Seven ducks take England closer to an unwelcome Test record

A look at how the unenviable mark of 1998 is being challenged.

Tom White
Monday 16 August 2021 20:01
Sam Curran went for a king pair at Lord’s (Zac Goodwin/PA)
Sam Curran went for a king pair at Lord’s (Zac Goodwin/PA)

England are on course to set an unwanted record for the most Test ducks in a single year after another raft of failures during the second Test defeat to India at Lord’s.

Haseeb Hameed, Sam Curran and James Anderson all fell without scoring in the first innings before Rory Burns and Dom Sibley departed without troubling the scorers at the start of second – the first time in a home Test that both England openers have scored ducks.

Curran and Anderson then went for a king pair and pair respectively, taking the number of ducks by an England Test batsman in 2021 to 39 – the second-worst total ever for the Three Lions.

Only the 1998 vintage suffered more scores of zero in a single year, with an astonishing 54 in 16 Tests, but with six Tests still left this year, that record could be under threat.

Here, the PA news agency takes a closer look at England’s glut of ducks this year.

Tale of woe

The rot has well and truly set in for England since Curran’s first-ball dismissal against Sri Lanka in Galle in January – and Dom Bess’ shambolic scoreless run-out in the following over – with 39 ducks in 10 Tests so far.

The second innings at Lord’s was the fourth time this year that four England batsmen in the same innings have been dismissed without scoring, after the same happened in the second-innings 81 all out in Ahmedabad in February, the first innings of June’s draw with New Zealand at Lord’s and the first innings of the India series at Trent Bridge.

England’s average for a completed innings this year is just 238 runs and they have been bowled out for less than 200 on nine separate occasions – with the 421 in Galle and an impressive 578 against India in Chennai standing as outliers.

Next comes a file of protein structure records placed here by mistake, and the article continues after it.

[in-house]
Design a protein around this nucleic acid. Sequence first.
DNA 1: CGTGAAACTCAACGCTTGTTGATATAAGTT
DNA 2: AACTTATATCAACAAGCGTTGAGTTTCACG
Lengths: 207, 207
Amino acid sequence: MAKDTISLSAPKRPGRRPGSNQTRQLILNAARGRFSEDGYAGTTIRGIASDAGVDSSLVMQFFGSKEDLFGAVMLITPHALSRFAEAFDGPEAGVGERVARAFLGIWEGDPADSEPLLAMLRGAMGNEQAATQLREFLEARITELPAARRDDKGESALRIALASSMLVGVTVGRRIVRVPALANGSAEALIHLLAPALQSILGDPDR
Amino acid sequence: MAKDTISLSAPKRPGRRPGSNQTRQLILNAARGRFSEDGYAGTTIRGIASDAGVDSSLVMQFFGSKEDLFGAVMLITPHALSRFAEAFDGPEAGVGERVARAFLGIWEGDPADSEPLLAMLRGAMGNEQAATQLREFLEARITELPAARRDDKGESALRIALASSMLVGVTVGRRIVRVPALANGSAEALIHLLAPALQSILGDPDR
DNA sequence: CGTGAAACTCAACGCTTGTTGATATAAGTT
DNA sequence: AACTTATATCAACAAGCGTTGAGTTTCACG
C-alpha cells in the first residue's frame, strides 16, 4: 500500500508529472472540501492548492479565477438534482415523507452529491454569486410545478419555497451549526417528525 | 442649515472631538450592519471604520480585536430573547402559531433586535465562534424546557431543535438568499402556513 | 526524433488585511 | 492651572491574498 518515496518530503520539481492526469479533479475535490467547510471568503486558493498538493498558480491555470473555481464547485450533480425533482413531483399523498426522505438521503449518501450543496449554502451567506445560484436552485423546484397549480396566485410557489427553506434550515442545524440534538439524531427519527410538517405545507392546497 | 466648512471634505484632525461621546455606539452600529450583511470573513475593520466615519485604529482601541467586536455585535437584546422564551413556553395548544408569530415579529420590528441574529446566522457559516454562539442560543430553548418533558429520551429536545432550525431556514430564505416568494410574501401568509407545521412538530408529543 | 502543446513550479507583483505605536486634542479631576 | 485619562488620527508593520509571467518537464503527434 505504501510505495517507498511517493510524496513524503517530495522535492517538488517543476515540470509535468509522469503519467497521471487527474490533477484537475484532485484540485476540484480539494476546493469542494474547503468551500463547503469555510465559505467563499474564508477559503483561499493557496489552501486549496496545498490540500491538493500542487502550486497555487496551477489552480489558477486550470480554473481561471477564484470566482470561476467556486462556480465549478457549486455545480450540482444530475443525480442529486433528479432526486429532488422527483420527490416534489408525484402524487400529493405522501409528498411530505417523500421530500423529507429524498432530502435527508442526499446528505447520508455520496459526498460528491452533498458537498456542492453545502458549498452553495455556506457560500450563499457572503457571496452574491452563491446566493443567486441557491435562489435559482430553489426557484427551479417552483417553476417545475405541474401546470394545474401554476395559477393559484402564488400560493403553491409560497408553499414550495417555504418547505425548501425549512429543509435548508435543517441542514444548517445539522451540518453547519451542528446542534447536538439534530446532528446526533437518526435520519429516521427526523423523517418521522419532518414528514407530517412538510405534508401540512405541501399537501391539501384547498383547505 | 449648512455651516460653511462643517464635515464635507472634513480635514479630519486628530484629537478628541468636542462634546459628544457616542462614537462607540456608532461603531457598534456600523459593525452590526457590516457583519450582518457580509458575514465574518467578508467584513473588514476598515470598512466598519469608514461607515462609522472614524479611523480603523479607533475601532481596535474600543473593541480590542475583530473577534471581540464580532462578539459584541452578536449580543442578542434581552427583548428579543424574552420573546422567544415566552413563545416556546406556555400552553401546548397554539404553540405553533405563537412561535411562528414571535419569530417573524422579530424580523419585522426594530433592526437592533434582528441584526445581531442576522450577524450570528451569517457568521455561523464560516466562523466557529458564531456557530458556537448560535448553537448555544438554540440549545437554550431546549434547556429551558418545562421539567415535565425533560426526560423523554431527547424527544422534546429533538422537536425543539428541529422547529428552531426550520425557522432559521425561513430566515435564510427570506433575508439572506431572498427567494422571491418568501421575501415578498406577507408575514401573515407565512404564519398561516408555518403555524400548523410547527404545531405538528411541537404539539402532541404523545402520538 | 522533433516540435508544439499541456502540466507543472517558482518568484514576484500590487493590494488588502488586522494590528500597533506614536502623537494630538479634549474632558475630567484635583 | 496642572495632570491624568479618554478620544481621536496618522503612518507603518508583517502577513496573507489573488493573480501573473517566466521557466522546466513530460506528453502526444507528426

The culprits

Dan Lawrence, left, and Rory Burns have frequently fallen without scoring (Mike Egerton/Tim Goode/PA)

England’s recognised batsmen have been largely responsible for the alarming number of ducks – in contrast to 1998, when tail-enders Alan Mullally, Andy Caddick and Phil Tufnell did their bit to inflate the figures.

This time around, Burns has five ducks, with opening partner Sibley, inexperienced middle-order batsman Dan Lawrence and bowler Anderson having four apiece.

Jonny Bairstow and Curran have failed to trouble the scorers on three occasions each, as has tail-ender Stuart Broad.

Two each from Zak Crawley, James Bracey – in just three innings – and bowler Jofra Archer have added to the tally with Jos Buttler, Bess, Hameed, Jack Leach, Ollie Robinson, Olly Stone and Mark Wood also in the club.

The 1998 figures show five ducks each for Mike Atherton, Mark Butcher and Mullally, four from Caddick and three each for Nasser Hussain, Graham Thorpe, Graeme Hick, Jack Russell and Tufnell, with a dozen other batsmen dismissed without scoring at least once.

How they compare

  • 54 - England, 1998
  • 44 - West Indies, 2000
  • 40 - Australia, 1999
  • 39 - India, 2018
  • 37 - India, 2002
  • 36 - West Indies, 1999

The total of 39 is more ducks than all but three other Test-playing nations have ever had in a single year – South Africa’s worst tally is 29 while Pakistan and Zimbabwe have never surpassed 30.

England’s 1998 total is 10 clear of the nearest challenger, with the West Indies collectively making 44 ducks in 2000.

Australia in 1999 are the only other team to reach 40 in a single year, with India’s worst figures being 39 in 2018 and 37 in 2002.